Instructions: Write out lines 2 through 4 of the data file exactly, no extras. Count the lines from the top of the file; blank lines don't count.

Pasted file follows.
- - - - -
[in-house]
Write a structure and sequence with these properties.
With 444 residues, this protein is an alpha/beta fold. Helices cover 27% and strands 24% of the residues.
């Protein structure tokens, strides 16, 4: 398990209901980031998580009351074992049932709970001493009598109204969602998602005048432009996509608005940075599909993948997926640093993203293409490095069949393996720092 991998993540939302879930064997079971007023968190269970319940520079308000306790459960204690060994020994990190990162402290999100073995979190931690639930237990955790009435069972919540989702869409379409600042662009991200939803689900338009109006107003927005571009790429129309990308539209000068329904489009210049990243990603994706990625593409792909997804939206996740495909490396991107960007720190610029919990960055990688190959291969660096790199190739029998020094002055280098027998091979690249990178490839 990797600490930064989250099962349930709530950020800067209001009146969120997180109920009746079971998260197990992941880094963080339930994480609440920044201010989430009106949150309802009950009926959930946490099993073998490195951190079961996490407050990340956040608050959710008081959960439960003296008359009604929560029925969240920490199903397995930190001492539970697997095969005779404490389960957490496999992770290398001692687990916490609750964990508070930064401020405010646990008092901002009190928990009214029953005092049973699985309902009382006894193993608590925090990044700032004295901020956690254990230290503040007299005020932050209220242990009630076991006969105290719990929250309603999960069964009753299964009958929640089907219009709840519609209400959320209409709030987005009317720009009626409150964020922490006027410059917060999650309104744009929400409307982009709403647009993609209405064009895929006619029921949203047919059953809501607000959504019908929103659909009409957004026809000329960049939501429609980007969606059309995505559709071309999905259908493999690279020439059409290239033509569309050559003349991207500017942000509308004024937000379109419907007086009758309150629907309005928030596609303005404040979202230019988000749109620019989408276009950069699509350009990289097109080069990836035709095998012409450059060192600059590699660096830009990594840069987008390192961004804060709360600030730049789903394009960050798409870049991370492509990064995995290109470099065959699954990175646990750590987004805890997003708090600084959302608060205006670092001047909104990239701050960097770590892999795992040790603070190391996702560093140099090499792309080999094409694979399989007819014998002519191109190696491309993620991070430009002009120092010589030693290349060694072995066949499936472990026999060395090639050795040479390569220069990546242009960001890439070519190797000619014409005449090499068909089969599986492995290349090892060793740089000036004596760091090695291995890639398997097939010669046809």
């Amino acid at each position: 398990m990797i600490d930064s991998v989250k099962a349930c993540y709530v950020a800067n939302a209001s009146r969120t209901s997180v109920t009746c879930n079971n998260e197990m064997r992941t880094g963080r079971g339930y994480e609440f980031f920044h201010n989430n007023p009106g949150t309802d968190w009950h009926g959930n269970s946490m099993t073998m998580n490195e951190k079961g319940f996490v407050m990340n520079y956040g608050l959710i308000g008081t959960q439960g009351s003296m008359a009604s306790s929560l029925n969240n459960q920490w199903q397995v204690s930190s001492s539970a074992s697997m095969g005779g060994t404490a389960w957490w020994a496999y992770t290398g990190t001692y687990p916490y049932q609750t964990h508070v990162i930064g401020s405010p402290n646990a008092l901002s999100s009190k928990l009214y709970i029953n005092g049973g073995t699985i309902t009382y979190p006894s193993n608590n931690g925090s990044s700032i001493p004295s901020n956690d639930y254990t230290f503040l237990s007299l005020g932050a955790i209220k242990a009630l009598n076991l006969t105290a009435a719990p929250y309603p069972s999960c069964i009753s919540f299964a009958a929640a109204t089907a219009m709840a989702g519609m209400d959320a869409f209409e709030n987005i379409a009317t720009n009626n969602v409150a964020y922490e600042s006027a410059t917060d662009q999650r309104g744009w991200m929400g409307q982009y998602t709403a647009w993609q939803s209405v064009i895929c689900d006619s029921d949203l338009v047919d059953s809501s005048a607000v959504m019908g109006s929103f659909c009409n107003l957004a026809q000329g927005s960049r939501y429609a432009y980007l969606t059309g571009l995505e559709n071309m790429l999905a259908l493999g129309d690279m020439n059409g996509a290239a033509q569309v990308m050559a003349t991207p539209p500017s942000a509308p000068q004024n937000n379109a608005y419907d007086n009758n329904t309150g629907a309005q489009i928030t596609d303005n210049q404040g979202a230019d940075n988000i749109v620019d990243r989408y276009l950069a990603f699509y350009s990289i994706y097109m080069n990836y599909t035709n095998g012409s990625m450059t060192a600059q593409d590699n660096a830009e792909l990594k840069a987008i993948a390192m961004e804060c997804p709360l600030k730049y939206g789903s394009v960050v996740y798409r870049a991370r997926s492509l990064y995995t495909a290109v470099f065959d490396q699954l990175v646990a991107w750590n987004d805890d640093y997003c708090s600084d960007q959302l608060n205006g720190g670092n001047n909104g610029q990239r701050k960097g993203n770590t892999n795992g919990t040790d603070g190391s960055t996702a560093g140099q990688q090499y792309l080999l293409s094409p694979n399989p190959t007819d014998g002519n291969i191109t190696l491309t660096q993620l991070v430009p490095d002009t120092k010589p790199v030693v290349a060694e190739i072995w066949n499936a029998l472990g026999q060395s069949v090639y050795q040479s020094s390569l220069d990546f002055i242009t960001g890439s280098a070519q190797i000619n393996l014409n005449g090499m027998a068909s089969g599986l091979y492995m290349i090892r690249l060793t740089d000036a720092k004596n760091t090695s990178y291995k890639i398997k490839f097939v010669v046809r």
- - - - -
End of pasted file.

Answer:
Write a structure and sequence with these properties.
With 444 residues, this protein is an alpha/beta fold. Helices cover 27% and strands 24% of the residues.
């Protein structure tokens, strides 16, 4: 398990209901980031998580009351074992049932709970001493009598109204969602998602005048432009996509608005940075599909993948997926640093993203293409490095069949393996720092 991998993540939302879930064997079971007023968190269970319940520079308000306790459960204690060994020994990190990162402290999100073995979190931690639930237990955790009435069972919540989702869409379409600042662009991200939803689900338009109006107003927005571009790429129309990308539209000068329904489009210049990243990603994706990625593409792909997804939206996740495909490396991107960007720190610029919990960055990688190959291969660096790199190739029998020094002055280098027998091979690249990178490839 990797600490930064989250099962349930709530950020800067209001009146969120997180109920009746079971998260197990992941880094963080339930994480609440920044201010989430009106949150309802009950009926959930946490099993073998490195951190079961996490407050990340956040608050959710008081959960439960003296008359009604929560029925969240920490199903397995930190001492539970697997095969005779404490389960957490496999992770290398001692687990916490609750964990508070930064401020405010646990008092901002009190928990009214029953005092049973699985309902009382006894193993608590925090990044700032004295901020956690254990230290503040007299005020932050209220242990009630076991006969105290719990929250309603999960069964009753299964009958929640089907219009709840519609209400959320209409709030987005009317720009009626409150964020922490006027410059917060999650309104744009929400409307982009709403647009993609209405064009895929006619029921949203047919059953809501607000959504019908929103659909009409957004026809000329960049939501429609980007969606059309995505559709071309999905259908493999690279020439059409290239033509569309050559003349991207500017942000509308004024937000379109419907007086009758309150629907309005928030596609303005404040979202230019988000749109620019989408276009950069699509350009990289097109080069990836035709095998012409450059060192600059590699660096830009990594840069987008390192961004804060709360600030730049789903394009960050798409870049991370492509990064995995290109470099065959699954990175646990750590987004805890997003708090600084959302608060205006670092001047909104990239701050960097770590892999795992040790603070190391996702560093140099090499792309080999094409694979399989007819014998002519191109190696491309993620991070430009002009120092010589030693290349060694072995066949499936472990026999060395090639050795040479390569220069990546242009960001890439070519190797000619014409005449090499068909089969599986492995290349090892060793740089000036004596760091090695291995890639398997097939010669046809």